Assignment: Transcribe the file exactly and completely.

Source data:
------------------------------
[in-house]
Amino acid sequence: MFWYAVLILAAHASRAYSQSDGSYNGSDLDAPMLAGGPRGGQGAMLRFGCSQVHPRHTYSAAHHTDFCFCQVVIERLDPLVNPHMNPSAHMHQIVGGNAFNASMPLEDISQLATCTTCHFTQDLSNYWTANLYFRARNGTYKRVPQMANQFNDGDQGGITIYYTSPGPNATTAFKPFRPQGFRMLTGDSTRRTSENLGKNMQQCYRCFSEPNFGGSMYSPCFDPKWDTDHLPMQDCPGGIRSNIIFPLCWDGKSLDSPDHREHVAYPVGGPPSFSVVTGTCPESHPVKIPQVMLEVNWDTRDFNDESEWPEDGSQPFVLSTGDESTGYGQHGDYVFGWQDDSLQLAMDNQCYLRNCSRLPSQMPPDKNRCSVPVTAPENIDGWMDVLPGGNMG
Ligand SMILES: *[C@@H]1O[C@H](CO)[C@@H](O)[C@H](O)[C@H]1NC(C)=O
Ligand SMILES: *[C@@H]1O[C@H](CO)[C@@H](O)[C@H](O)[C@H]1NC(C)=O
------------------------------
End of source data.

[in-house]
Amino acid sequence: MFWYAVLILAAHASRAYSQSDGSYNGSDLDAPMLAGGPRGGQGAMLRFGCSQVHPRHTYSAAHHTDFCFCQVVIERLDPLVNPHMNPSAHMHQIVGGNAFNASMPLEDISQLATCTTCHFTQDLSNYWTANLYFRARNGTYKRVPQMANQFNDGDQGGITIYYTSPGPNATTAFKPFRPQGFRMLTGDSTRRTSENLGKNMQQCYRCFSEPNFGGSMYSPCFDPKWDTDHLPMQDCPGGIRSNIIFPLCWDGKSLDSPDHREHVAYPVGGPPSFSVVTGTCPESHPVKIPQVMLEVNWDTRDFNDESEWPEDGSQPFVLSTGDESTGYGQHGDYVFGWQDDSLQLAMDNQCYLRNCSRLPSQMPPDKNRCSVPVTAPENIDGWMDVLPGGNMG
Ligand SMILES: *[C@@H]1O[C@H](CO)[C@@H](O)[C@H](O)[C@H]1NC(C)=O
Ligand SMILES: *[C@@H]1O[C@H](CO)[C@@H](O)[C@H](O)[C@H]1NC(C)=O